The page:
|How often do you use a virge and a chimere when you are a verger in a small parish?|
Verging in a Small Parish
by Joseph John, St. James' Episcopal Church, Pewee Valley, Kentucky, [email protected]
Is there really a difference between verging in a large church versus a small church?
YES. NO. MAYBE.
What a cop out response.
However, let me first say “Ahh!”
Ahh, yes, the chimere, the virge, the procession down the aisle. Yes, that's just one of the enjoyable "perks" of being a verger.
However…forget the Ahh!, the vestments and the "stick" (or virge), for a moment. I believe the role of being a verger is directly related to the size of the church, plus the history of the church's liturgical processes, plus the season of the year, plus the pre-disposition of your rector towards liturgical processes and verger involvement — always keeping in mind that the verger serves at the pleasure of the Rector, Vicar, or Priest-in-Charge, or the Senior Warden.
In other words, a verger in a small parish with an average Sunday attendance of 75 or less may or may not be vesting and processing on a regular basis. So be it.
Let's begin with the baseline of responsibilities for the verger — large or small church. An excerpt from the vergers.org web site entitled "The Verger Today":
The verger's logistical and behind the scenes support allow the clergy more time for pastoral and sacramental responsibilities. We often say that every parish has a verger whether or not they are identified as such. Some typical verger duties are assigning, training and checking in lectors, chalice bearers, acolytes and prayer intercessors. The verger often coordinates with the altar guild and funeral guild. In some parishes the verger checks lighting and sound.Indeed, we as vergers are very busy; however, I think the small parish verger is even busier simply because there aren't a lot of people to divvy up responsibilities — there’s just ONE of me. No other bodies — no delegation of responsibilities. With the benefits of delegation being lessened dramatically, there is more "doing" and "git 'er done" required of the verger. Small church vs. large church is simply the difference of having bodies or critical mass to accomplish the many jobs a verger typically performs in any parish.
The precise duties of the verger will be specific to each parish church. For instance, in some parishes the verger will process at all liturgies and in others, they only process on Feast or Festival days. Especially helpful with visiting clergy or special services, the verger checks on additional seating, hospitality and welcoming newcomers. Most parishes, either small or large, and clergy who incorporate the verger position, wonder how they ever did without vergers!
Yes, for the small parish verger, there is less pomp-and-circumstance and more behind-the-scenes work. He/she is working with the Altar Guild, the Worship Committee, the organist, the Parish Administrator, ushers, acolytes, Episcopal Church Women, and more.
Speaking of acolytes, invariably, there are fewer acolytes in the small parish, which then increases the challenges of training and scheduling around Mom and Dad's busy Sunday, weekend, and vacation schedules. Oh, my, there are countless times that I believe that it's a lot easier to herd cats or bishops.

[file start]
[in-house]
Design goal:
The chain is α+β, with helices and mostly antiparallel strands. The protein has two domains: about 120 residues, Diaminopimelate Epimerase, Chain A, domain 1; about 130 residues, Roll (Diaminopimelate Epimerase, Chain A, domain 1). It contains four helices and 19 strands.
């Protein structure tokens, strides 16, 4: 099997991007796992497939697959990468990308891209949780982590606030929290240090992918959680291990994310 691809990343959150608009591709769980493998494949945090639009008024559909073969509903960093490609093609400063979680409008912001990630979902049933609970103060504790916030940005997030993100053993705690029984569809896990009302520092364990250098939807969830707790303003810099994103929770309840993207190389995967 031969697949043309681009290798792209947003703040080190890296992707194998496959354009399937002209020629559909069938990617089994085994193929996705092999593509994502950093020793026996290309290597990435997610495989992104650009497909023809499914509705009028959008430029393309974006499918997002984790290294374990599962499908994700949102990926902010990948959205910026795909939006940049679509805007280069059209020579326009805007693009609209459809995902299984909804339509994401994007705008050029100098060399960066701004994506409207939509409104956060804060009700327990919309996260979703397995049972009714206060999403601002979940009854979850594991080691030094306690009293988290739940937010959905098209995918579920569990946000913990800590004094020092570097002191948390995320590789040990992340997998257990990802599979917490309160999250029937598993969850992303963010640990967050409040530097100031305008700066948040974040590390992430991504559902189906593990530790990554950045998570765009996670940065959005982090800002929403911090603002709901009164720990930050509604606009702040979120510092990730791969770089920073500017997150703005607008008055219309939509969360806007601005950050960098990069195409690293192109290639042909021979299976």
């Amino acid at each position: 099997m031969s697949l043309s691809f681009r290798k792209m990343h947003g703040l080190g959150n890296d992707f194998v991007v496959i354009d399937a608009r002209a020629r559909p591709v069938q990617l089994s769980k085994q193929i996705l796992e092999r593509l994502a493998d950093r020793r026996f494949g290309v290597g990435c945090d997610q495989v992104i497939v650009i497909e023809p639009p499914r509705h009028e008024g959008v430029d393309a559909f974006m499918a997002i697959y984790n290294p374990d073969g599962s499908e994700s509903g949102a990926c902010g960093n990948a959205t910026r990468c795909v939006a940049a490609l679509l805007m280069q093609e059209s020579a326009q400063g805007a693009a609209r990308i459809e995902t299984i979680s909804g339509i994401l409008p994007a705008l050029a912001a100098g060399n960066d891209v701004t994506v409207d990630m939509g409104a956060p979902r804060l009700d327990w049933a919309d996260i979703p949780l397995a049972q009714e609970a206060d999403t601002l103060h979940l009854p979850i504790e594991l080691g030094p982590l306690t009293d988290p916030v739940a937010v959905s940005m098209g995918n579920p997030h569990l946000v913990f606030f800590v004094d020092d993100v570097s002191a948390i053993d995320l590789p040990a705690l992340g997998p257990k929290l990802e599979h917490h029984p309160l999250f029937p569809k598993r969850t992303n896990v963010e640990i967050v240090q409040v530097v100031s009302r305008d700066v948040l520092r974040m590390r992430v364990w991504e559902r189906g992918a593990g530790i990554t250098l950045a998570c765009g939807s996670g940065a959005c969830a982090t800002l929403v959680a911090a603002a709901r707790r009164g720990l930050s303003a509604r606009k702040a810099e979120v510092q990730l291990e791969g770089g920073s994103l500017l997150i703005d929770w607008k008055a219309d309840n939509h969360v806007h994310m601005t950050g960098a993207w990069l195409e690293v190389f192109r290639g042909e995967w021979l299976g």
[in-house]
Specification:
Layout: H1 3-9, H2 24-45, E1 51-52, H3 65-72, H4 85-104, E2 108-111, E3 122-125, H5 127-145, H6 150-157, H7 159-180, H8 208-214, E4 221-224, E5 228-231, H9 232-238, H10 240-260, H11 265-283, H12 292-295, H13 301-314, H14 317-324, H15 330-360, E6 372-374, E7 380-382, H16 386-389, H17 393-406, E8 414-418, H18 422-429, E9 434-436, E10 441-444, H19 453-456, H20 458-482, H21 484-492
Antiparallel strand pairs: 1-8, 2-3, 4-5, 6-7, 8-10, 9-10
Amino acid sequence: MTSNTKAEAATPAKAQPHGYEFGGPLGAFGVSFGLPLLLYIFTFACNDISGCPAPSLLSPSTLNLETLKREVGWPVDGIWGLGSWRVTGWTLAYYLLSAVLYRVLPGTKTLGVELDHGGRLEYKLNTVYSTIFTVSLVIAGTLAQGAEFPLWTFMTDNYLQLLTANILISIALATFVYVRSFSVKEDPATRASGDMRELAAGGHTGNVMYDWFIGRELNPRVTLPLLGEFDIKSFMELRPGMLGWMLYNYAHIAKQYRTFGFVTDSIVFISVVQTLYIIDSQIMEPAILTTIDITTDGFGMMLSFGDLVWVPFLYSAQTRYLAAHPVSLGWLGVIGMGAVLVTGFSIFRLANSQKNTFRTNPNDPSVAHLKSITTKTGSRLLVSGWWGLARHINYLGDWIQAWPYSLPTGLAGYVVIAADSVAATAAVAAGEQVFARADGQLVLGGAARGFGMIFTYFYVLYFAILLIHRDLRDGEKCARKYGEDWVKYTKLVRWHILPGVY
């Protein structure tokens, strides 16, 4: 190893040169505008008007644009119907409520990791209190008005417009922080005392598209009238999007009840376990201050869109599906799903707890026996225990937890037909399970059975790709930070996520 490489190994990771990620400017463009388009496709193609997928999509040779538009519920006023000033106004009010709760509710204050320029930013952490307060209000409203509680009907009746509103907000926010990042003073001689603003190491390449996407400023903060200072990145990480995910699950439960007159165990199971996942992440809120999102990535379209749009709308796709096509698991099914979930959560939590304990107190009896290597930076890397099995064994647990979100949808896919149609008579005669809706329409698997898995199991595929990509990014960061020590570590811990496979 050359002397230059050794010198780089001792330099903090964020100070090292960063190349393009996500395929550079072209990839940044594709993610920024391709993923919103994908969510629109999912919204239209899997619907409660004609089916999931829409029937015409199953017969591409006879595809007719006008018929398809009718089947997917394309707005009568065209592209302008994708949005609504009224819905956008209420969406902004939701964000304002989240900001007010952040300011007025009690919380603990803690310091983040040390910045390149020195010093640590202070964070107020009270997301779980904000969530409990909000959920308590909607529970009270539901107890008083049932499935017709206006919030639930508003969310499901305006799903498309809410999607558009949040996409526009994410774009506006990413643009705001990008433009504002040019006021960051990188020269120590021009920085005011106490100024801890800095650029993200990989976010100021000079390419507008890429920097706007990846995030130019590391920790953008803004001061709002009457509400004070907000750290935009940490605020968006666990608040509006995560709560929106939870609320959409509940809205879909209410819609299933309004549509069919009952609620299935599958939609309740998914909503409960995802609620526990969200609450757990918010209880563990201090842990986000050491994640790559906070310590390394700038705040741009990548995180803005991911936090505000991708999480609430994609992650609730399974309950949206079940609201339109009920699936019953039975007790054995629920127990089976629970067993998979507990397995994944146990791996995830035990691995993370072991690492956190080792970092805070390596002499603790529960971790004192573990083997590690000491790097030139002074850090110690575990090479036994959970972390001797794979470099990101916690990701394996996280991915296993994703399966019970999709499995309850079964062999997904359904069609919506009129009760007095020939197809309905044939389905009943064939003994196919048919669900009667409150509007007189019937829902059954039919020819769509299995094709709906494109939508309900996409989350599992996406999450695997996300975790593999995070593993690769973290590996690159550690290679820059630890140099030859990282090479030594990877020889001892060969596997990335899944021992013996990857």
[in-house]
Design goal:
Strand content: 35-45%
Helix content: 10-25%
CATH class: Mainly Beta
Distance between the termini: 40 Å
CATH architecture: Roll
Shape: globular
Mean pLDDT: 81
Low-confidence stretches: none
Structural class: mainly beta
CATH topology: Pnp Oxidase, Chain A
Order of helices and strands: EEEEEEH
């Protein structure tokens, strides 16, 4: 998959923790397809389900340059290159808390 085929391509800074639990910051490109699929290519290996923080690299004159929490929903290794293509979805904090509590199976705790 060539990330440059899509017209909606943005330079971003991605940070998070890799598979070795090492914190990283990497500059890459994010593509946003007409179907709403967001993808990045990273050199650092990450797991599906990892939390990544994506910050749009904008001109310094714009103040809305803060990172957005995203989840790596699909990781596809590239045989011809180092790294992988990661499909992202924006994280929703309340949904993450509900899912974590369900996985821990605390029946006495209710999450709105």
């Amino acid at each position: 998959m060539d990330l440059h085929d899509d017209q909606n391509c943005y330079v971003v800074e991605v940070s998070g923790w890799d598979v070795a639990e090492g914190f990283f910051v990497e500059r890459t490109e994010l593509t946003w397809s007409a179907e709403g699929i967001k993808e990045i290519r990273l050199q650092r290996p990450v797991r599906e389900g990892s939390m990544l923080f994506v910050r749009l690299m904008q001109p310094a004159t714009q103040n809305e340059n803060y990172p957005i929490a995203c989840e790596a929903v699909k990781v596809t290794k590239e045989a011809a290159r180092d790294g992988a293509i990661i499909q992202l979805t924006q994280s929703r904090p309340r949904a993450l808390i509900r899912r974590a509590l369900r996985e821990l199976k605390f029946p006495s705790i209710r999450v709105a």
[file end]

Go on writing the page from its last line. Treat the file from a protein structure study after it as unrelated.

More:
Structure and attention to detail is Rule #1 for any verger, and Rule #1 is critical in the small parish. He/she must be organized and focused since there is always a bunch of running back-and-forth to ensure that the "show" goes on — without a hitch. Again, rarely is there anyone present to whom responsibilities can be delegated.
Rule #2 is flexibility. The verger has to be flexible for there will be changes during the liturgy that weren’t planned and so, the verger must accept the fact that every Sunday is "live theater" and thus, things change very quickly. Let's face it — the verger is a stage manager for the liturgical services.
I mentioned more personal "doing" rather than "delegating"; well, the small church many times lacks a sexton, and so the verger in the small church will often be responsible for opening the church, the parish hall, and all of the "locked doors" that need to be opened for easy access to the services.
Are there other challenges to the small parish verger? Oh, yes. A major challenge is the small parish that lacks a full-time rector. A verger in a situation like this becomes a major asset to the Vestry and the Search Committee as he/she keeps the Sunday services flowing while working with supply priests — one less thing the Senior Warden and the Vestry has to worry about.
The verger greets the supply priest, makes all the necessary introductions to those who will be involved in the liturgy that day. He/she reviews the liturgical processes for all services that should have been prepared by the verger and emailed to the priest earlier in the week.
And then the "stage manager" does a sound check, checks the lavaliere and shows the priest where to vest, the all-important location of the bathrooms and, of course, the freshly brewed coffee. And the list continues.
Well, all the responsibilities I've listed in this article come as no surprise to vergers throughout our churches. It’s really more of a "there's ONE of me" in the small church as compared to "there's more of me's" in the large church.
So is there really a difference between verging in a large church versus a small church?
YES. NO. MAYBE.
Vergers Voice blog?
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Abstract: Recently, vergersvoice.org asked the members of the Vergers Guild to consider submitting ideas and manuscripts for the blog. This post was submitted by Joseph John, a verger in a small church, average Sunday attendance of 73, in Kentucky. See if you agree with his summation of the difference between verging in small and large churches.